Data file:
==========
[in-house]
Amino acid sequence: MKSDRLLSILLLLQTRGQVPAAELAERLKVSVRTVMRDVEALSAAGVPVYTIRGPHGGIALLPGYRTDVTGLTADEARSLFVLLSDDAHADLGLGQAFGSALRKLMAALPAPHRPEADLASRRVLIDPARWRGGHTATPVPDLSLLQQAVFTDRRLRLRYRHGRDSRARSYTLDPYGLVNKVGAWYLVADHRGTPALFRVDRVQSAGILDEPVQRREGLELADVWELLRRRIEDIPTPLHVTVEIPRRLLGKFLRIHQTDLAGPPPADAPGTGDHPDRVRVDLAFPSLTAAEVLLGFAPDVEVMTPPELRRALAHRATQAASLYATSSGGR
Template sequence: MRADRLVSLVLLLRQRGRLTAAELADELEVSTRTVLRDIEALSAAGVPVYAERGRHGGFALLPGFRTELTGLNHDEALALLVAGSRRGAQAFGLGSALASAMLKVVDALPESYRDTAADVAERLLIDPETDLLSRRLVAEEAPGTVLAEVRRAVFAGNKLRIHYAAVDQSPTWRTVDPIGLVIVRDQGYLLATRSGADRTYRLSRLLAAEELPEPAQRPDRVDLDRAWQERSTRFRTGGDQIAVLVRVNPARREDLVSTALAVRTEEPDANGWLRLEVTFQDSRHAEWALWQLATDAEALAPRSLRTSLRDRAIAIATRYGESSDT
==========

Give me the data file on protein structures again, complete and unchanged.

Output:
[in-house]
Amino acid sequence: MKSDRLLSILLLLQTRGQVPAAELAERLKVSVRTVMRDVEALSAAGVPVYTIRGPHGGIALLPGYRTDVTGLTADEARSLFVLLSDDAHADLGLGQAFGSALRKLMAALPAPHRPEADLASRRVLIDPARWRGGHTATPVPDLSLLQQAVFTDRRLRLRYRHGRDSRARSYTLDPYGLVNKVGAWYLVADHRGTPALFRVDRVQSAGILDEPVQRREGLELADVWELLRRRIEDIPTPLHVTVEIPRRLLGKFLRIHQTDLAGPPPADAPGTGDHPDRVRVDLAFPSLTAAEVLLGFAPDVEVMTPPELRRALAHRATQAASLYATSSGGR
Template sequence: MRADRLVSLVLLLRQRGRLTAAELADELEVSTRTVLRDIEALSAAGVPVYAERGRHGGFALLPGFRTELTGLNHDEALALLVAGSRRGAQAFGLGSALASAMLKVVDALPESYRDTAADVAERLLIDPETDLLSRRLVAEEAPGTVLAEVRRAVFAGNKLRIHYAAVDQSPTWRTVDPIGLVIVRDQGYLLATRSGADRTYRLSRLLAAEELPEPAQRPDRVDLDRAWQERSTRFRTGGDQIAVLVRVNPARREDLVSTALAVRTEEPDANGWLRLEVTFQDSRHAEWALWQLATDAEALAPRSLRTSLRDRAIAIATRYGESSDT